BOOK & BLOG
January 13, 2008
Books of the Week: DEAD TO ME by Anton Strout, WINTERBIRTH by Brian Ruckley, HOLE IN ONE by Catherine Aird
My first B&B of the new year! I know my last one wasn’t on the website until 2008, due to our continuing problems with the changeover, but I wrote it in 2007.
I started my 2008 reading life in a happy way with an ARC of DEAD TO ME, the first novel by Anton Strout. DEAD TO ME will be on the bookshelves in late February. Though it has a few “first book” aches and pains, DTM is a jaunty adventure about a psychometrist, Simon Canderous. Simon can sense clues about the owners of an item by holding it. He’s had a past as a petty criminal, but now he’s ranged himself with the forces of good, and he gets lots of on-the-job training. I blurbed this book; it’s a fun read, and I look forward to watching Strout and Simon as they gain confidence in their new jobs.
Right now I’m in the middle of WINTERBIRTH (Brian Ruckley). On the spine it says, “The Godless World, Book One,” and when I checked on Amazon I saw that the second book, BLOODHEIR, will be out next June. It may take me until then to finish the first book, because believe me, it’s long. But you fantasy readers need to saddle up, because WINTERBIRTH is very good, and Ruckley achieves the almost impossible task of establishing the characters so well that it’s not too difficult to keep them separate. Given the scope of the book, that’s amazing. This is a book with little or no tinge of romance; it’s classic fantasy.
Just to make myself happy, I gave into temptation and read a book by Catherine Aird. She’s long been one of my very favorite mystery writers, and I’d been hoarding HOLE IN ONE. For those of you who haven’t yet read Aird, she’s an English mystery writer whose books are set in the fictional town of Berebury in the fictional county of Calleshire. Detective Inspector C.D. Sloan and his perpetual sidekick, the impossible Detective Constable Crosby, are called to the private golf club when a body is found buried in a sandtrap. Unfortunately, their boss, Superintendant Leyes, is a member of the club and wants the mystery solved tout suite so he can tee off. Though HOLE IN ONE can’t rival some of Aird’s earlier books (A LATE PHOENIX springs to mind), any Aird is worth reading.
In reading a huge panorama like WINTERBIRTH, I find myself looking for someone to root for. There’s a core character I bond with, and that’s the characters whose movements I follow through the book with the most interest. In this case, it’s young Orisian, who’s the equivalent of a prince. Now that I’m in the middle of the book, Orisian is in a lot of trouble. He’s watched his dad and many of his friends being killed, and he’s on the run and will surely be put to death if he’s caught. But he’s still got one faithful guardian, and he’s been healed of his wounds by a mysterious and largely unfriendly people. Why did I pick Orisian to back? Well, he’s sixteen, which engages my sympathy, and he’s lost his family, which engages my sympathy even more. He seems a little more open-minded than a lot of his peers. Why’d I pick Orisian over his sister Anyara, who has just as much right to my sympathy? So far, Anyara hasn’t done anything heroic; in fact, she’s behaved pretty much like a normal young woman, if that young woman was held hostage by her family’s foes. Anyara doesn’t seem brighter or more determined than her captors. (I’m cautiously optimistic that she’ll survive, though.)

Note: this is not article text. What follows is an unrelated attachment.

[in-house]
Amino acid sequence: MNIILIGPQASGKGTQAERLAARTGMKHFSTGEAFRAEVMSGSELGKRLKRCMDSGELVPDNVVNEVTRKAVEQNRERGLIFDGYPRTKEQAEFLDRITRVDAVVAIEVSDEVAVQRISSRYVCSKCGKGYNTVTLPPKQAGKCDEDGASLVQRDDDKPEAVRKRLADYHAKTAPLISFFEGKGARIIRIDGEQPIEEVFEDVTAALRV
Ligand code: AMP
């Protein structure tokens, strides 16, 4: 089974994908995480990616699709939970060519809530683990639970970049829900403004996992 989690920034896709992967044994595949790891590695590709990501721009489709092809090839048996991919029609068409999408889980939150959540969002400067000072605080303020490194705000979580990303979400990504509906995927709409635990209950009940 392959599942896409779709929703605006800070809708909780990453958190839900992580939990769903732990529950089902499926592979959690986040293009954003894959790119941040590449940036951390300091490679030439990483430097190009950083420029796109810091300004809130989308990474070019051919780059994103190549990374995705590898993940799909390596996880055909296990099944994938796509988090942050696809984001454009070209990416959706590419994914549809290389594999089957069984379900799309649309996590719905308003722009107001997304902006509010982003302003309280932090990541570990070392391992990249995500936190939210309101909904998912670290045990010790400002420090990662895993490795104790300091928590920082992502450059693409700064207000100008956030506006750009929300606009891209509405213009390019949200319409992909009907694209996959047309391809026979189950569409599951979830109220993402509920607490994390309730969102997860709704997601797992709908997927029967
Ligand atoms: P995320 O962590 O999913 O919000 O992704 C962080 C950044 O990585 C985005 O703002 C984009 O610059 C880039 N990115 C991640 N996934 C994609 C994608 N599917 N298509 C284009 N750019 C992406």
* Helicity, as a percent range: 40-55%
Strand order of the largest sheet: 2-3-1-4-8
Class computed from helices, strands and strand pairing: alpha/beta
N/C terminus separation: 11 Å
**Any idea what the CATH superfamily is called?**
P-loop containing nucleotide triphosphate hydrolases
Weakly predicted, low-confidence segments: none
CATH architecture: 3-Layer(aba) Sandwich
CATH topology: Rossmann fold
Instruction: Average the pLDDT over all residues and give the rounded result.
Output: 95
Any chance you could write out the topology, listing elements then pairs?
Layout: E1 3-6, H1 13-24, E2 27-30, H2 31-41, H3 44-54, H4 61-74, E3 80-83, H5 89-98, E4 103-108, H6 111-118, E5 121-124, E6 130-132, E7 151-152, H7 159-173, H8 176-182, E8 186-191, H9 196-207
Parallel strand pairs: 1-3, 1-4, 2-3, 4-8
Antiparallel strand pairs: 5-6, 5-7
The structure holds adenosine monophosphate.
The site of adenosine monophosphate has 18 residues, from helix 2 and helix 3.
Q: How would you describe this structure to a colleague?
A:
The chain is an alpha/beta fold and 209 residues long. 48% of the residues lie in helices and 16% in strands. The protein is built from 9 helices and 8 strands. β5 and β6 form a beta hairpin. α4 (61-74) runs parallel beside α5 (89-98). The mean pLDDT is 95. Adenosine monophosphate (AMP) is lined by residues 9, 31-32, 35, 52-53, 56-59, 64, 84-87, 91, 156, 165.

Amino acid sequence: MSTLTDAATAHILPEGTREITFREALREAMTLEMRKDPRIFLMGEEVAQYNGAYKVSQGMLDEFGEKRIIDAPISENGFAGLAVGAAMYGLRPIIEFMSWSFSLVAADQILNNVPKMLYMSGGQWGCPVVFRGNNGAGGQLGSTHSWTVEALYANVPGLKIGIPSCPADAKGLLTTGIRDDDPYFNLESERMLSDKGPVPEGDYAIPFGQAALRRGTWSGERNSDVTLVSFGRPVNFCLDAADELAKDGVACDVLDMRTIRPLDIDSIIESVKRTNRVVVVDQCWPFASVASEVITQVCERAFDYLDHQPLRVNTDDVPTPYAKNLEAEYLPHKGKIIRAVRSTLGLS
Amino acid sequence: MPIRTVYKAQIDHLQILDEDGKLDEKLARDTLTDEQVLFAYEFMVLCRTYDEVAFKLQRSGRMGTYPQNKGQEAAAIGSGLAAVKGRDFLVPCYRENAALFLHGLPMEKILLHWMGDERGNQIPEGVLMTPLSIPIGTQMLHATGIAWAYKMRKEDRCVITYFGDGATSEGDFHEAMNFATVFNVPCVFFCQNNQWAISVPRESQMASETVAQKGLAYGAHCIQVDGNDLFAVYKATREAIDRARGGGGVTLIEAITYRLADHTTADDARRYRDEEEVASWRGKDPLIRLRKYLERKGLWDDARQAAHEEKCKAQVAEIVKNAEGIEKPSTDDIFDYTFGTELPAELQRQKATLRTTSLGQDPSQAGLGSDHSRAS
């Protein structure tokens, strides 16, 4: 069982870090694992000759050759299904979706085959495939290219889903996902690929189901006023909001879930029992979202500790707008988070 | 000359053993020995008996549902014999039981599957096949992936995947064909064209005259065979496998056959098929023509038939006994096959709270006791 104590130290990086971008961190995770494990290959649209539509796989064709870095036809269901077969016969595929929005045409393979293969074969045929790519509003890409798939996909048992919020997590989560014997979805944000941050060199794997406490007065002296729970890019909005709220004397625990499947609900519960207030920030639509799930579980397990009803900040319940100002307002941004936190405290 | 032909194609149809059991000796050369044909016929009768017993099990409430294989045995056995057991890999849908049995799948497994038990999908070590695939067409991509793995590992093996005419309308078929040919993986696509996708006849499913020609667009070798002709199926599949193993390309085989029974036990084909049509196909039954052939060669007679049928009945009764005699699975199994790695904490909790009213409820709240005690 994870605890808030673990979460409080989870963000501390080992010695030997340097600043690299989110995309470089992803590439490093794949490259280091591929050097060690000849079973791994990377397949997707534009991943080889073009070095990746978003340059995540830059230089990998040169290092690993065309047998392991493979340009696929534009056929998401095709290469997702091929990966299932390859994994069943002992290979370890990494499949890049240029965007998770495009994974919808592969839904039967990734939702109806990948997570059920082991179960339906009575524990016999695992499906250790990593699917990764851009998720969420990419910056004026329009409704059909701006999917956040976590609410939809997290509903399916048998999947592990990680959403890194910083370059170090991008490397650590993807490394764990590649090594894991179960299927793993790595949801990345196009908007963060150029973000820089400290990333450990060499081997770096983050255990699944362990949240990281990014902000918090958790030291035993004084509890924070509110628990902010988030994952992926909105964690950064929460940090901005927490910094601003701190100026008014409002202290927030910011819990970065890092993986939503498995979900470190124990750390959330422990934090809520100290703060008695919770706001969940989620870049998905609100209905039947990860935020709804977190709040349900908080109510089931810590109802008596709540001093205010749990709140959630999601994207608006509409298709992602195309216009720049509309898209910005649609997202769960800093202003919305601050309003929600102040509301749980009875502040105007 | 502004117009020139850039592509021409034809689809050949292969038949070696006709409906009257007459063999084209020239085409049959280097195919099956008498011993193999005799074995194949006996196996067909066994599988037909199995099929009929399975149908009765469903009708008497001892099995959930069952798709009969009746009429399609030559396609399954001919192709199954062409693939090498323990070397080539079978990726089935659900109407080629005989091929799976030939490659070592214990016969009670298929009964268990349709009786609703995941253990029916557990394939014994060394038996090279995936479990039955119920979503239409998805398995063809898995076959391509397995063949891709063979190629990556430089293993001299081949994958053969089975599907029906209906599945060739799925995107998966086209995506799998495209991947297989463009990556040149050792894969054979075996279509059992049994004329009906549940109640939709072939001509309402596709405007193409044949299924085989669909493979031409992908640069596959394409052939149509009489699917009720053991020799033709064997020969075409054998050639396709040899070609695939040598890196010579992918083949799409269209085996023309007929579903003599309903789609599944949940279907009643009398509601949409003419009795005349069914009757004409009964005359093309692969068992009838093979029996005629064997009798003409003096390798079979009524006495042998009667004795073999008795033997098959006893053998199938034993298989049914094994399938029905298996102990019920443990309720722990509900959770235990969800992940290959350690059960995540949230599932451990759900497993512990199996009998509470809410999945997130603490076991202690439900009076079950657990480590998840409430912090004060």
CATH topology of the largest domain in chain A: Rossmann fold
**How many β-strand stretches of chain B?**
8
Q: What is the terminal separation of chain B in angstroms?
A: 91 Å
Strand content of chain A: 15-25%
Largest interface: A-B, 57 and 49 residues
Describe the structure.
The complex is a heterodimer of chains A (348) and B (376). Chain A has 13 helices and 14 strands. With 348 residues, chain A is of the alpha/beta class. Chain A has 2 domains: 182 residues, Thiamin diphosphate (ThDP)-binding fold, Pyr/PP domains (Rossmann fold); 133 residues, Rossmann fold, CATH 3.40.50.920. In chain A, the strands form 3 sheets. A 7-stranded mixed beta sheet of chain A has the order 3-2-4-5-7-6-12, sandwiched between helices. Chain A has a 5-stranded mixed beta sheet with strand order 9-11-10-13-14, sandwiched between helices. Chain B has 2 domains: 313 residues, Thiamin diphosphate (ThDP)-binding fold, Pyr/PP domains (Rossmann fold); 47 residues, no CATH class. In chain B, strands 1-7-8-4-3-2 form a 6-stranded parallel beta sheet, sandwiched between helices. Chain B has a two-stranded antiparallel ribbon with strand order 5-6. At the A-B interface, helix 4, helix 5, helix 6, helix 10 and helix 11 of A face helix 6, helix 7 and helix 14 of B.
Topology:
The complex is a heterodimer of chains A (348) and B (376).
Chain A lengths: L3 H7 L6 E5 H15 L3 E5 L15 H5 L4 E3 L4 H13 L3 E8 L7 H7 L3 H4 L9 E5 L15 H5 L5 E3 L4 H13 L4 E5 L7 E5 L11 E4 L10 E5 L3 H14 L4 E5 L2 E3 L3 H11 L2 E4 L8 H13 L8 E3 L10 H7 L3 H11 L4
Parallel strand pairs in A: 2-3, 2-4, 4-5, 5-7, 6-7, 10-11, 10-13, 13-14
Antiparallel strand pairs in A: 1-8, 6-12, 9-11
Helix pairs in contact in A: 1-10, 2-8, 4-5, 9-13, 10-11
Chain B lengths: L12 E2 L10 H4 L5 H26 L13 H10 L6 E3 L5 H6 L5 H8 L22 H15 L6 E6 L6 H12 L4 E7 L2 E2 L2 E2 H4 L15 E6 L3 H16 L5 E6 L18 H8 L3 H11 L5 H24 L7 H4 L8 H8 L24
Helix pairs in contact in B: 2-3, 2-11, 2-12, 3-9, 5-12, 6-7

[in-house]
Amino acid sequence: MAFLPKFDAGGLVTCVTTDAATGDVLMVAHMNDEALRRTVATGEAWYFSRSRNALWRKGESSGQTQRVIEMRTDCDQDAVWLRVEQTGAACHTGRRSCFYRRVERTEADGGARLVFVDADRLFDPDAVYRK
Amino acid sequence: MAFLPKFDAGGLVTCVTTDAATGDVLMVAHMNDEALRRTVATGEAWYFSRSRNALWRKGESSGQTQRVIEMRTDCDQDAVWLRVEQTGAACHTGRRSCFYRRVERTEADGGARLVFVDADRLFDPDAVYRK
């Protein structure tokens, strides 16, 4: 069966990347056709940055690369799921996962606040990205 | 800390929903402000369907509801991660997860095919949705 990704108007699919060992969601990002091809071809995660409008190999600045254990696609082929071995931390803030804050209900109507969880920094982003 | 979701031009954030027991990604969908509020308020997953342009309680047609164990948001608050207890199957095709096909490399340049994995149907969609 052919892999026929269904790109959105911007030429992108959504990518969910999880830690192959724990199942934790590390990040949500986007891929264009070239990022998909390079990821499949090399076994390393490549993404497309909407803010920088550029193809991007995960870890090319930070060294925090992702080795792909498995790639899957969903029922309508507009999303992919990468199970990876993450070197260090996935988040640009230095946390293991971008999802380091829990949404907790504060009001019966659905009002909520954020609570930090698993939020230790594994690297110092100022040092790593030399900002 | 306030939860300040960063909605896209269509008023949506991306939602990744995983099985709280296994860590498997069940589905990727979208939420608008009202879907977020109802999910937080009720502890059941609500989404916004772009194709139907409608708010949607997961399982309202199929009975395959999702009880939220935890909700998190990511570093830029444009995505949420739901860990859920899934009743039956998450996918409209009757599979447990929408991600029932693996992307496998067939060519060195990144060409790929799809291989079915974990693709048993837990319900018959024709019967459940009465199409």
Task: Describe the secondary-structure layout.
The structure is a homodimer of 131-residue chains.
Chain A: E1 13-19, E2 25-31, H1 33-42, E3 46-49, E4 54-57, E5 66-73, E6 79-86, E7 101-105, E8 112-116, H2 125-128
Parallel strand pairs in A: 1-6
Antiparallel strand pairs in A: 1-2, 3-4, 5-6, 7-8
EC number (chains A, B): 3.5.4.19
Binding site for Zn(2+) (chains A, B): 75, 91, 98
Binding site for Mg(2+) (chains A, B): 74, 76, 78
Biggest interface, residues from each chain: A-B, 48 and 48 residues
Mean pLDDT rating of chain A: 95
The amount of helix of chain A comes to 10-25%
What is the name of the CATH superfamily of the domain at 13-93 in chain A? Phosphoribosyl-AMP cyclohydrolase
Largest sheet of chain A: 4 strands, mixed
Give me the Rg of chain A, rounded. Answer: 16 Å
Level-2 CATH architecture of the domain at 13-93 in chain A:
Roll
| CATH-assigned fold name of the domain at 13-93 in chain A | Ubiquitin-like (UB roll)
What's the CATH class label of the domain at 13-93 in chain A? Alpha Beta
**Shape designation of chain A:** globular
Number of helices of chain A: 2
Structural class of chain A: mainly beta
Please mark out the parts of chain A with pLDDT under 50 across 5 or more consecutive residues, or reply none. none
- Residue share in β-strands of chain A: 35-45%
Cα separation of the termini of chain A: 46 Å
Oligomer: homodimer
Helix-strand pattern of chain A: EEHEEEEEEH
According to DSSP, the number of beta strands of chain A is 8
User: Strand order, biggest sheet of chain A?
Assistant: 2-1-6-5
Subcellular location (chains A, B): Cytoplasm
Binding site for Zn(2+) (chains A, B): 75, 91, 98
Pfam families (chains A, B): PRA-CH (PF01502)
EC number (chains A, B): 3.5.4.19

In every book I read, I seem to look for someone to care for, someone who seems admirable or at least interestingly NOT admirable. If I can’t find a protagonist, or even a subsidiary character, who speaks to me, then I usually set aside the book. Though Hannibal Lector is a fascinating monster, SILENCE OF THE LAMBS was “made” by Clarice Starling. In Jeff Lindsay’s “Dexter” books, Dexter, too, is a monster, but with a few interesting twists that make us root for him. Lindsay’s effectively engaged our emotions; we want Dexter to be free, though he’s a serial killer.
I haven’t ranged that far to the dark side yet. My protagonists all have something about them to admire, or at least I think so. Aurora Teagarden is thoughtful, kind, and dutiful. Lily Bard is ferociously loyal (and ferocious). Sookie Stackhouse is hard-working, optimistic, and determinedly cheerful. Harper Connelly has a clear view of her life and has succeeded in that life despite overwhelming odds.
On the Femmes Fatales website, my colleague and fellow Femme Mary Saums has written about the love we give the characters we admire. I think that’s very true. We use them up as examples of what is good; we may even wonder what they would have done with faced with our own problems. Fictional characters are by definition limited to the pages of the book in which they figure, but we extend their lives by holding them in our hearts. That’s all a writer can ask for.
© 2009 Charlaine Harris